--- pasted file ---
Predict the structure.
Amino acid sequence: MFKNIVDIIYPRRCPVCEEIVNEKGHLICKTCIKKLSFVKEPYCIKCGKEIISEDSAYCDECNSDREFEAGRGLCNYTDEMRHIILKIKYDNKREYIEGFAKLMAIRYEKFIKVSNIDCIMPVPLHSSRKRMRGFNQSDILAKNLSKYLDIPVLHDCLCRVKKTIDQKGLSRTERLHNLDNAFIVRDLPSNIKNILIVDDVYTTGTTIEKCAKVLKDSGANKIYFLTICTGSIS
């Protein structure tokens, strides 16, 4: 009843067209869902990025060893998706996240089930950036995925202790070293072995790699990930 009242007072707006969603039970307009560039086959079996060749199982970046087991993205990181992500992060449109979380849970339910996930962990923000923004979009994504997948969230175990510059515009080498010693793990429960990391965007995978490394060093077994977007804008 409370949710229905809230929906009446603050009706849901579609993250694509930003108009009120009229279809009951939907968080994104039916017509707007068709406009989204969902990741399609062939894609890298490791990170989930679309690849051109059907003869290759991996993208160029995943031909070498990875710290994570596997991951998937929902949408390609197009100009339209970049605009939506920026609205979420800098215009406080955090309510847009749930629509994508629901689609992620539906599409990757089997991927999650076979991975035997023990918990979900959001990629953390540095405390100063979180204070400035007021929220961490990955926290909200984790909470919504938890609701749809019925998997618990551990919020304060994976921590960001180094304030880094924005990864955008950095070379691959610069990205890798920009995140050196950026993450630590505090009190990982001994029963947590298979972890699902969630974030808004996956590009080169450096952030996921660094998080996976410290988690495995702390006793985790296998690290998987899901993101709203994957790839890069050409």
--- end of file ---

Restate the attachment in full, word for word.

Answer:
Predict the structure.
Amino acid sequence: MFKNIVDIIYPRRCPVCEEIVNEKGHLICKTCIKKLSFVKEPYCIKCGKEIISEDSAYCDECNSDREFEAGRGLCNYTDEMRHIILKIKYDNKREYIEGFAKLMAIRYEKFIKVSNIDCIMPVPLHSSRKRMRGFNQSDILAKNLSKYLDIPVLHDCLCRVKKTIDQKGLSRTERLHNLDNAFIVRDLPSNIKNILIVDDVYTTGTTIEKCAKVLKDSGANKIYFLTICTGSIS
């Protein structure tokens, strides 16, 4: 009843067209869902990025060893998706996240089930950036995925202790070293072995790699990930 009242007072707006969603039970307009560039086959079996060749199982970046087991993205990181992500992060449109979380849970339910996930962990923000923004979009994504997948969230175990510059515009080498010693793990429960990391965007995978490394060093077994977007804008 409370949710229905809230929906009446603050009706849901579609993250694509930003108009009120009229279809009951939907968080994104039916017509707007068709406009989204969902990741399609062939894609890298490791990170989930679309690849051109059907003869290759991996993208160029995943031909070498990875710290994570596997991951998937929902949408390609197009100009339209970049605009939506920026609205979420800098215009406080955090309510847009749930629509994508629901689609992620539906599409990757089997991927999650076979991975035997023990918990979900959001990629953390540095405390100063979180204070400035007021929220961490990955926290909200984790909470919504938890609701749809019925998997618990551990919020304060994976921590960001180094304030880094924005990864955008950095070379691959610069990205890798920009995140050196950026993450630590505090009190990982001994029963947590298979972890699902969630974030808004996956590009080169450096952030996921660094998080996976410290988690495995702390006793985790296998690290998987899901993101709203994957790839890069050409």